Had anyone ever heard of VIV magazine before today. (Is that Viv or 14?)

    I'm really not sure what I think about it yet. I can't see sitting under a tree "reading" this.

    VIV Mag Motion Cover - iPad Demo from Alexx Henry on Vimeo.

    a reader also just turned my attention to Outside's iPad demo also by Alexx Henry. See His Vimeo stuff here

    Outside Magazine - iPad Feature from Alexx Henry on Vimeo.

    Tipper Gore

    I just stumbled onto Tipper's website. Something about it felt familiar and then I realized she's using Rob Haggart's A Photo Folio. I wonder if Rob had to get "security clearance." I'm sure the secret service at least sent someone over to fingerprint him...

    The Tongue Wag

    What is it about athletes wagging their tongues while in the heat of competition?

    The geography of nowhere takes one last trip down the rabbit hole before it’s paved over...

    Memorial Dr at South Candler, Atlanta, GA., January 10th, 2010, © Russell Kaye, All Rights Reserved

    Caution: blog entry ahead with many links to follow and questions without answers.

    The Geography of Nowhere by James Howard Kunstler made quite an impression on me when Frank Reiss of A Capella Books gave it to me in 1993. It's wasn't a book that filled my head with pretty pictures. Kunstler says he wrote The Geography of Nowhere, "because I believe a lot of people share my feelings about the tragic landscape of highway strips, parking lots, housing tracts, mega-malls, junked cities, and ravaged countryside that makes up the everyday environment where most Americans live and work."

    Fast forward sixteen years to the SlamDance Film Festival last week in Utah to the documentary category:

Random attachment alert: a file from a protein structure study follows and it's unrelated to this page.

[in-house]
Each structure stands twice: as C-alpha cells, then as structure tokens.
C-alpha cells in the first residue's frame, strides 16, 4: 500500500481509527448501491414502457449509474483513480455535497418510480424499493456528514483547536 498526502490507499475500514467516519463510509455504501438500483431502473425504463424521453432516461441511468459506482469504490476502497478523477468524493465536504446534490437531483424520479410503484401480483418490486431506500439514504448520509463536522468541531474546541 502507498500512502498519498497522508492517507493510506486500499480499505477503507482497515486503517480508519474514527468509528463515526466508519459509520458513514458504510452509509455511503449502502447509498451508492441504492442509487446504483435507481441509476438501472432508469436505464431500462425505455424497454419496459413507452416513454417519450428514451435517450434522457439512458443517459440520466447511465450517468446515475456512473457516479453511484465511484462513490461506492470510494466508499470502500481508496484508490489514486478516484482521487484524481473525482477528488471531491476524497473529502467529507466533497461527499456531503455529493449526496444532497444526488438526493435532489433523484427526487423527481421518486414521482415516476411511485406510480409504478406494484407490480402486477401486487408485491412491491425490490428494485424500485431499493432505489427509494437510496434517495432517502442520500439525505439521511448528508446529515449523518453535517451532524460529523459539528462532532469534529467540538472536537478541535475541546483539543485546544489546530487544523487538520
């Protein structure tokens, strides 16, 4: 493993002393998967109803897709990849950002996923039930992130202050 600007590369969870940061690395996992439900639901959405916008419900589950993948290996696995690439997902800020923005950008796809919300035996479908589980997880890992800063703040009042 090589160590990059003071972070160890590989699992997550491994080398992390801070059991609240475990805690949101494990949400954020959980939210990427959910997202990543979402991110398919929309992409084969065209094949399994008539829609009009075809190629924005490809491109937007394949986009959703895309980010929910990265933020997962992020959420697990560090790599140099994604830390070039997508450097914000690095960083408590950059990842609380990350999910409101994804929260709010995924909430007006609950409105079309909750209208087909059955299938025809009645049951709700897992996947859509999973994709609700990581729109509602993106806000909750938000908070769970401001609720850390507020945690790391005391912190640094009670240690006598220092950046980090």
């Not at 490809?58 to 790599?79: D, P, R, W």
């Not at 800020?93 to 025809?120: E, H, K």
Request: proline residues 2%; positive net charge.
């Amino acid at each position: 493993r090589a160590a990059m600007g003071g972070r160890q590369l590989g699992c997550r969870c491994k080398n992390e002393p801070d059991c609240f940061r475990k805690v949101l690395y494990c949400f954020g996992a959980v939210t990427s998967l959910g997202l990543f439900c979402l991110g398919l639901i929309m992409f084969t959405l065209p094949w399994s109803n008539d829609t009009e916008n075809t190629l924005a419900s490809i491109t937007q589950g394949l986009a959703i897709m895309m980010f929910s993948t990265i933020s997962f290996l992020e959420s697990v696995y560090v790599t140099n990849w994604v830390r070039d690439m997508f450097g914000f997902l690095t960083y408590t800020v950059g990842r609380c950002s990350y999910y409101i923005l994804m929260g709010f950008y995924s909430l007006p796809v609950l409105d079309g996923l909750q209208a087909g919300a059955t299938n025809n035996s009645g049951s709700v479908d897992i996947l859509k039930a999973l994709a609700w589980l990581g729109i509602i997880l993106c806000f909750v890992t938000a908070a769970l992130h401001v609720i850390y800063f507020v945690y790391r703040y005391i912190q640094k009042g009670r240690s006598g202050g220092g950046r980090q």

As background, General Order No. 9  was the document signed on April 10, 1865 by General Robert E. Lee surrendering the Army of Northern Virginia at the end of the Civil War.

    General Orders No. 9  (orders in plural) is the title of a recent documentary about The South by first-time director Robert Persons. Persons plot description starts with "one last trip down the rabbit hole before it’s paved over," and he says that "General Orders No. 9 is an experimental documentary that contemplates the signs of loss and change in the American South as potent metaphors of personal and collective destiny."

    Somehow his description doesn't fill my head with pretty pictures either. And, I may be mistaken, but when I watch the trailer, I don't think that the movie is going to have a happy ending.

    Seriously, I do want to see General Orders #9. Variety says it's photographically beautiful and my friend, David Lyman shot some of it so I know it is. (No, not the David Lyman at The Maine Photo Workshops. The David Lyman in Decatur, GA)

    Seriously,  Kunstler and General Orders are part of something that I affectionately call the "pessimism genre" and I have to admit, I'm drawn to the genre and the imagery. And I'm not sure why. Is it just easy? Is it an age thing? I kind of joke here, but I find myself repulsed by yet drawn to Mark Tucker's images of closed up car dealerships.  And why? Is it a way to express our discomfort with change? Is it a way to describe and depict the struggle with change and the acceleration of endings? And the endings of many things I could never foresee ending? Like contact sheets and photo editors and film and magazines and newspapers and books and publishing and bookstores and the end of cheap fossil fuels and the music business and record stores and the end of campaign contribution limits on corporations and the end of real estate appreciating, and the end of kodachrome (not that I ever shot it,) and the end of hope for health care with a public option and the end of Port au Prince and the end of JD Salinger not giving interviews. And again, I kind of joke here, but I'm wondering why I'm drawn to photograph those damn cell phone towers disguised as trees.

    ps. whatever you do, don't read Kunstler's very popular blog "Clusterfuck Nation" - it doesn't have a happy ending.

    Unhappy Hipsters

    here's the link:

    ephemera and carte de visite and chasing dollars with a butterfly net